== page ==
Today, meet Vicki Rega. She is a customer of Progressive Grounds and a ceramicist. She will be displaying and selling her works.
MEET VICKI REGA:
For the past 40 years I have amused myself and found escape in creative process. It is the process that interests me. What skills are needed? What tools? How are skills perfected? Can I create new tools or improve on old ones?
I ﬁrst did a pottery pit ﬁre 15 years ago as a project for kids in the art department of the Boys and Girls Club. It was also my ﬁrst pottery building experience. The process appealed to me in great part for the uncontrolled nature of the color ﬁring.
All of my pieces are built by hand. It is a slow process requiring a tactile understanding of the particular clay that is being worked. I currently use 4 clays that each serve the process in different ways. These were identiﬁed by regular samplings of different clays. The outcome of this part of the work is dependent on my knowledge and skill (and sometimes willingness to follow the clay where it wants to go.)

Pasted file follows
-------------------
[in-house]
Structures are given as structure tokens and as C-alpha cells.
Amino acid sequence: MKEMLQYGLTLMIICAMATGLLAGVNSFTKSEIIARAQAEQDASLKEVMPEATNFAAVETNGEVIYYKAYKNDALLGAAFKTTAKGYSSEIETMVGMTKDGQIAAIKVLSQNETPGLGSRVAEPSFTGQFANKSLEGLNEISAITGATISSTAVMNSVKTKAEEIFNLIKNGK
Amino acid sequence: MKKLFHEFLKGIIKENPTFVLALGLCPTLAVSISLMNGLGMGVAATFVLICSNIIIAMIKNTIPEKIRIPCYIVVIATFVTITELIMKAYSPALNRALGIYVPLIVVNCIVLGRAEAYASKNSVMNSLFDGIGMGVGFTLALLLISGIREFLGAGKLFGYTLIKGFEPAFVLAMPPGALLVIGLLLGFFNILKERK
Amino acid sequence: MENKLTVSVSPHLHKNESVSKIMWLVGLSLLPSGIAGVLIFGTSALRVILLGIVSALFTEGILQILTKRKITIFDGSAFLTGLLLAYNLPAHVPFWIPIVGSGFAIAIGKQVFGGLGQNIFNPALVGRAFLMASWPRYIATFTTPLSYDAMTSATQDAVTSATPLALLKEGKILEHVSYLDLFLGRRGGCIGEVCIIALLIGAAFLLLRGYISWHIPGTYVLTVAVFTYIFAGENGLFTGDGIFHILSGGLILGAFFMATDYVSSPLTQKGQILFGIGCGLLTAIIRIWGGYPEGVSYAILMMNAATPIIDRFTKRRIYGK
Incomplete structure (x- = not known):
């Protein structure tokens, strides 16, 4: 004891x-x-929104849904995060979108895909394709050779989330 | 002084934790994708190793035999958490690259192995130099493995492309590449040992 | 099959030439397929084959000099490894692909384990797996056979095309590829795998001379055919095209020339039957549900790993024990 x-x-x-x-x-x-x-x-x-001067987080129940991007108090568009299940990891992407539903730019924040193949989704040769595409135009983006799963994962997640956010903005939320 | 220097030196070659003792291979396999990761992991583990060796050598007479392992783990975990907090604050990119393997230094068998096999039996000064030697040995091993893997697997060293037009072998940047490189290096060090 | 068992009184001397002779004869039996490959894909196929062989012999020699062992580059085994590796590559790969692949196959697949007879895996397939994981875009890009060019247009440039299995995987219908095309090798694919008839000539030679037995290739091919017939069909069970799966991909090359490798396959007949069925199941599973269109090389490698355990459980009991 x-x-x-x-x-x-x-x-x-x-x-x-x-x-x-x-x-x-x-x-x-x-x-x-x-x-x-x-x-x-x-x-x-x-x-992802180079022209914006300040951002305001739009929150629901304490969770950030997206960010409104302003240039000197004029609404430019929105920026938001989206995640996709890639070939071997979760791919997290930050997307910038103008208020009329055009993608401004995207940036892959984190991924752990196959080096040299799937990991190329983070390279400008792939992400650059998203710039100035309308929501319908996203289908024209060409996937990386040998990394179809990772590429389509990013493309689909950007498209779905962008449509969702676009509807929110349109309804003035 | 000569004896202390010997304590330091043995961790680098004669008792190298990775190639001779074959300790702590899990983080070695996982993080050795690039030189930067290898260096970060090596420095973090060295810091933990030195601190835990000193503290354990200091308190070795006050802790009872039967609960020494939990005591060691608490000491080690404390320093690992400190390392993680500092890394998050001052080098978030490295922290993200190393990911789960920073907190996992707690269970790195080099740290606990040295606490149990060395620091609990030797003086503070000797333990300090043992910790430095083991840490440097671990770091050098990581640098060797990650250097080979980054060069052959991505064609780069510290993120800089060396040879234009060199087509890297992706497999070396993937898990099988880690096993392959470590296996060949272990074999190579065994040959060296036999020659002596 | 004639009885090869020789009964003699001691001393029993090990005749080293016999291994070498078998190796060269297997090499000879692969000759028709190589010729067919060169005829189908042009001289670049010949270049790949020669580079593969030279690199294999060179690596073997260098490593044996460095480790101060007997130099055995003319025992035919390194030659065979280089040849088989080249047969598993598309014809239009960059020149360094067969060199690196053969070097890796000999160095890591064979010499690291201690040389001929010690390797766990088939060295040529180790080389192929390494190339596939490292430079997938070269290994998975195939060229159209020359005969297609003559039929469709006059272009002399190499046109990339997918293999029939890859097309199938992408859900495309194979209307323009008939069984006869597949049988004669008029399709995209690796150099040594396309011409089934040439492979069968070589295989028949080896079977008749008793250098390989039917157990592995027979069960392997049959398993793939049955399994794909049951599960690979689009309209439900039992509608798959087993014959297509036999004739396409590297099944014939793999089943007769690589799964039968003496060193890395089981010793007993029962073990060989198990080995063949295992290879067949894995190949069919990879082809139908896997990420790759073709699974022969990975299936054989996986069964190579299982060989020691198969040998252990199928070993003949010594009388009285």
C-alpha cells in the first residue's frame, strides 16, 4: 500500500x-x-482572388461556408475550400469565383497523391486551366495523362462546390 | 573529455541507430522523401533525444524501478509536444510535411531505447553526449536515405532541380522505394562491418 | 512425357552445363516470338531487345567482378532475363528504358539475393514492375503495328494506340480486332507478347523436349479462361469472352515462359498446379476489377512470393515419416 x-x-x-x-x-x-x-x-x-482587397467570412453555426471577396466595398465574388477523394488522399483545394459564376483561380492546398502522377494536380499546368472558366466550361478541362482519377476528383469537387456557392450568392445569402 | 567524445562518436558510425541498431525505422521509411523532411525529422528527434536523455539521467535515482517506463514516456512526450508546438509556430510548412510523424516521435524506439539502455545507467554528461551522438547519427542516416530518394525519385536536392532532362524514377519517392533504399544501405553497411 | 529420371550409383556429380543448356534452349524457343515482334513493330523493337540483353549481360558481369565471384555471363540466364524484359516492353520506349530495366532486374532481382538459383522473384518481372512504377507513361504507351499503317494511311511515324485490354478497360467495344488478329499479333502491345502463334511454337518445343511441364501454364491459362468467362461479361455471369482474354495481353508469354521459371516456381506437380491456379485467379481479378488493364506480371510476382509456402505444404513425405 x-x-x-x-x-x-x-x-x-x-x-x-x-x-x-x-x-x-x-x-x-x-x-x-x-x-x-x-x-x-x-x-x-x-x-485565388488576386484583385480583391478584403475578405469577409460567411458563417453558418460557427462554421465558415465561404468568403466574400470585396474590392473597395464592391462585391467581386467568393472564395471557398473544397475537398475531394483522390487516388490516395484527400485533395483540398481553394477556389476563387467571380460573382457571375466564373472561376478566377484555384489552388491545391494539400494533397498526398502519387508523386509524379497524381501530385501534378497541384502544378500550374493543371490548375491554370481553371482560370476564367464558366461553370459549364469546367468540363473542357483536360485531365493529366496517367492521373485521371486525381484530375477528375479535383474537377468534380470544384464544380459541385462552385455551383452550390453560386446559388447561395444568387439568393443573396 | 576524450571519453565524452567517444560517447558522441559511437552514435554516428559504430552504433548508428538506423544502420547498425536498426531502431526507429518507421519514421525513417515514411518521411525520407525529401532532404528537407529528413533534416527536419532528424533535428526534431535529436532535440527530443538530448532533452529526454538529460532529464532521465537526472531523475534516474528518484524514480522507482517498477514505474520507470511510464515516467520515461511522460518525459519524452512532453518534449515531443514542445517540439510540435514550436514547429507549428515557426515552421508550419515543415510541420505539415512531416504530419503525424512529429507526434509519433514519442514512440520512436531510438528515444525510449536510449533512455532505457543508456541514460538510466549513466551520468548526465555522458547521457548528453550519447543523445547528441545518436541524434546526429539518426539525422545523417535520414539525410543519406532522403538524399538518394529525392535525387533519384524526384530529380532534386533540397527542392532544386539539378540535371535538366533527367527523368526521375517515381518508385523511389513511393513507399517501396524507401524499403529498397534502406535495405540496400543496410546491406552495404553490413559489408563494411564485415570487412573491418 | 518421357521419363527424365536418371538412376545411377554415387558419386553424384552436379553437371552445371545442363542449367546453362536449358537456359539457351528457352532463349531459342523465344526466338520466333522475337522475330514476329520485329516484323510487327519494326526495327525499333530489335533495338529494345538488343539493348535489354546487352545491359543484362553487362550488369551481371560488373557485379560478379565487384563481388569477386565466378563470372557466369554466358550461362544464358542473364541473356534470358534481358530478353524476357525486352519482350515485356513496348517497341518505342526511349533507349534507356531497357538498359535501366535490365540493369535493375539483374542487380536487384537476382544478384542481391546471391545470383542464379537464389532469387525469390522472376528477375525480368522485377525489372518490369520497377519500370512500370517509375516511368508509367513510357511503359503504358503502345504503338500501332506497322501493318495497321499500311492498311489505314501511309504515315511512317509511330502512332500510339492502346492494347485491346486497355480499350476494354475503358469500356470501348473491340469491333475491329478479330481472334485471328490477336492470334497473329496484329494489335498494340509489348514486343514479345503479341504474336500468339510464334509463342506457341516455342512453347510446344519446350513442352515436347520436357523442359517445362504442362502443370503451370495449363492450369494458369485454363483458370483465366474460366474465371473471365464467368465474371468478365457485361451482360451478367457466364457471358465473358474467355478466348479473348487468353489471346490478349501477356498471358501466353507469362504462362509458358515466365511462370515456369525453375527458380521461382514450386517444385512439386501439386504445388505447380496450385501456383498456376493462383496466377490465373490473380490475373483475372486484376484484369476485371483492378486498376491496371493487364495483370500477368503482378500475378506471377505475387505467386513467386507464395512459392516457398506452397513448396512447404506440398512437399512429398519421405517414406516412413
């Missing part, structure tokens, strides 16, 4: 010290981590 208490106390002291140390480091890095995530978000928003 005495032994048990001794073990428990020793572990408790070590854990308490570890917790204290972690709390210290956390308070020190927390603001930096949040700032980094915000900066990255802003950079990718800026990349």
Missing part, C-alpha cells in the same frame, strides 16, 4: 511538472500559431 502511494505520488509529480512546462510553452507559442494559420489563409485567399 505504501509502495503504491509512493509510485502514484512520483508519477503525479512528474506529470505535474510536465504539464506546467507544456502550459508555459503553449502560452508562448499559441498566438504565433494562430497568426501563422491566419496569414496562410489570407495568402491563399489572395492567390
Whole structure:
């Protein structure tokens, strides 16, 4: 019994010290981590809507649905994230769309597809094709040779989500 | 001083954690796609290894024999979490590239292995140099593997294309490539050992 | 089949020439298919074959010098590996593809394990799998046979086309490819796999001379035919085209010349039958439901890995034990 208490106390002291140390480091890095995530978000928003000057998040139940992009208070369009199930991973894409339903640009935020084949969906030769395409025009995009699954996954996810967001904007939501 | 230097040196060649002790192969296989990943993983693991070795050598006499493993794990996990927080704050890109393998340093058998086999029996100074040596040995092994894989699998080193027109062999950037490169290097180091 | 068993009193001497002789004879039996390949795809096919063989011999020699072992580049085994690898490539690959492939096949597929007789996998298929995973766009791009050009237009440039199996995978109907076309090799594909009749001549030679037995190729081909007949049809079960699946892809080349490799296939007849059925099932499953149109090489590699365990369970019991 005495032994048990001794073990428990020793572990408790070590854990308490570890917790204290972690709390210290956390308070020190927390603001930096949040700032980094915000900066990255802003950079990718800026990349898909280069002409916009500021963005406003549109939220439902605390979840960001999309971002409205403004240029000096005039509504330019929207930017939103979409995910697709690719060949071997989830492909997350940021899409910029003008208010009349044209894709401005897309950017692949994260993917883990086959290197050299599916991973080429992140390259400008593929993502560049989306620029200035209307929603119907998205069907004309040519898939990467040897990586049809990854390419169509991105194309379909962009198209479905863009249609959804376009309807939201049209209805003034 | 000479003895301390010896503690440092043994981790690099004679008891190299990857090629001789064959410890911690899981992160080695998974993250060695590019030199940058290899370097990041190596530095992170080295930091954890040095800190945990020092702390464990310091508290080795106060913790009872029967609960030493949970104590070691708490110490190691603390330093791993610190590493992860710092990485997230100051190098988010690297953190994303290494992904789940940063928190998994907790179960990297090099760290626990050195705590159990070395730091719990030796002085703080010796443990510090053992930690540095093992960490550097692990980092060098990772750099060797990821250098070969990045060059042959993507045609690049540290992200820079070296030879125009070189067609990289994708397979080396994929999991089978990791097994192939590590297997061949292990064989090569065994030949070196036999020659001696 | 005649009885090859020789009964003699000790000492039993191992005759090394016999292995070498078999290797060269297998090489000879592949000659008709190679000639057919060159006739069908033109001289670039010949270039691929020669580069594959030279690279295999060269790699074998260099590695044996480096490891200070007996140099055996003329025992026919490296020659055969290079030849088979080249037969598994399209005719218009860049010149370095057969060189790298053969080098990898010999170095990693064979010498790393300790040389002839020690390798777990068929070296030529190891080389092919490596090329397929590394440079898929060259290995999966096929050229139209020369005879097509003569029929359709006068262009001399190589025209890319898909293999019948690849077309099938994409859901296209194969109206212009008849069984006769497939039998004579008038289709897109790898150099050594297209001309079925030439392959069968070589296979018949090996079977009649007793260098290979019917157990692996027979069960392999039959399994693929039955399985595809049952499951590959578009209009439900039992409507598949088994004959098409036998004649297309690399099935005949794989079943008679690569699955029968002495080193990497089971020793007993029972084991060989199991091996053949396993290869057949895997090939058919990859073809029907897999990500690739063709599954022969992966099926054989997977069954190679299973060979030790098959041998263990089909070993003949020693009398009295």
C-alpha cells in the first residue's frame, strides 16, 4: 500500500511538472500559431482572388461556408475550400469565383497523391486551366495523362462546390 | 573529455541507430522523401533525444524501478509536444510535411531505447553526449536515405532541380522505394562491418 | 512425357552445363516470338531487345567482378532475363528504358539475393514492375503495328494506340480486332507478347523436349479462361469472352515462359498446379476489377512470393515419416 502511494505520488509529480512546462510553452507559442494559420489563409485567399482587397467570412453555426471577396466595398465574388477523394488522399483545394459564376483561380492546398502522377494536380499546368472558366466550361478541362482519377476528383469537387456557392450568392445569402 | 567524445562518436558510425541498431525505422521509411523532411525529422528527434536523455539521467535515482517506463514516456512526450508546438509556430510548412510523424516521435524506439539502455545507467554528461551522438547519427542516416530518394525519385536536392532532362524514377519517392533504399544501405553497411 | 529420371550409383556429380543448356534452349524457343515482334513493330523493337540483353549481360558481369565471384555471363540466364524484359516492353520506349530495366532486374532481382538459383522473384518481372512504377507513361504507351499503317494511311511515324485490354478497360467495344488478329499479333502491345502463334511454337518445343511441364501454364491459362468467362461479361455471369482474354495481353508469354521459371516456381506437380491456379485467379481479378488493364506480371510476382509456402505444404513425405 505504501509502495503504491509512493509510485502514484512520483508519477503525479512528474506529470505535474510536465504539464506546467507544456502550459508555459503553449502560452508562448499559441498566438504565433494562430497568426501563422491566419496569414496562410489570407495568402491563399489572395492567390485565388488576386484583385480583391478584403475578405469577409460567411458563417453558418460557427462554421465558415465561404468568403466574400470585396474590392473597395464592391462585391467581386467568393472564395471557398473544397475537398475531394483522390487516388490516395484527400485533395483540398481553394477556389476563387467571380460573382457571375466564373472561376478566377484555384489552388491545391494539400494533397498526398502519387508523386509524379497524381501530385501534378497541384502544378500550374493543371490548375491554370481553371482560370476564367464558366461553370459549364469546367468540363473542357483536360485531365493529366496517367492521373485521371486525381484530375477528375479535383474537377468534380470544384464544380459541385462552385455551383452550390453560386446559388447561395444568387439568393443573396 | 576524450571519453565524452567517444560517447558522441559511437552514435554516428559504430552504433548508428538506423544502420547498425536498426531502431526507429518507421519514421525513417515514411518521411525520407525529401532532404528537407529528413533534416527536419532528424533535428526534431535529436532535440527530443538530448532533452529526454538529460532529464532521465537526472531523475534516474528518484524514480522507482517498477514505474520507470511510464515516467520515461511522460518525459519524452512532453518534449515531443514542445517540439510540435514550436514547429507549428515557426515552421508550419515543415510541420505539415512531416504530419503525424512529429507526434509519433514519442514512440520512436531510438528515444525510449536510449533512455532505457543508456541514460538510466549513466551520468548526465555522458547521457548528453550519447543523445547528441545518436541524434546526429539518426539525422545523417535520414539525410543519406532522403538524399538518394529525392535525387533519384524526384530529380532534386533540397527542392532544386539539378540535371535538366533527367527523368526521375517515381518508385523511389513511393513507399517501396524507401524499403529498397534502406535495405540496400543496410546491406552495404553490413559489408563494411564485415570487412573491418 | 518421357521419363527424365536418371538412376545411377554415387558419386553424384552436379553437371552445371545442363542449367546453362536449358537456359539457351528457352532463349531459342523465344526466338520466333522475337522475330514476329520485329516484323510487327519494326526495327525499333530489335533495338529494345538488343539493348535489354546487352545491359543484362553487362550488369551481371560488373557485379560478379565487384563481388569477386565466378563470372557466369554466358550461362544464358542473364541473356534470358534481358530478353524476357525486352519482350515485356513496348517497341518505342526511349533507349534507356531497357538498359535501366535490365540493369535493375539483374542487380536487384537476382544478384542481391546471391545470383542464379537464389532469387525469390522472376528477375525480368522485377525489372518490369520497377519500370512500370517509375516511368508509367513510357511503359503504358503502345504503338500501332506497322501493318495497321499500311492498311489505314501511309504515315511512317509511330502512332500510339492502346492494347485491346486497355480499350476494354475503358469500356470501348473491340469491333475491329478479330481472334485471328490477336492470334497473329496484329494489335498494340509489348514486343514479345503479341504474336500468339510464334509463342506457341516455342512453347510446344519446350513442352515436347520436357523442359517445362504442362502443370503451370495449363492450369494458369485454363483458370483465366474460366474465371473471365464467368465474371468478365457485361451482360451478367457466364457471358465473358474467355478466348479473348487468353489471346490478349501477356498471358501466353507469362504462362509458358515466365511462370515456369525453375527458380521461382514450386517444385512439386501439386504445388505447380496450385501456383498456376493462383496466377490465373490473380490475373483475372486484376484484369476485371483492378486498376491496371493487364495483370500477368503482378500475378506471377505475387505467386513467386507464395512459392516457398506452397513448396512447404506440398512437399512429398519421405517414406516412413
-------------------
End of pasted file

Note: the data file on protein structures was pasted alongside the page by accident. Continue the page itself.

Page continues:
The color ﬁring also depends on some skills: how to build the ﬁre, what temperature achieves the best results, what substances produce which colors, etc. However, once the ﬁre is lit, it is all out of my hands. How the pottery is packed into the pit has some inﬂuence on how colors develop in the ﬁring, but in the end the color and pattern of each piece is determined by the ﬁre.
All that said, I just like playing with mud and building big ﬁres. I build the pots in front of the tv with a good movie playing. The pit ﬁrings are done in the Death Valley area in southern California. It is a fun place to go hang out, and there is not a lot of stuff that I might accidentally burn down.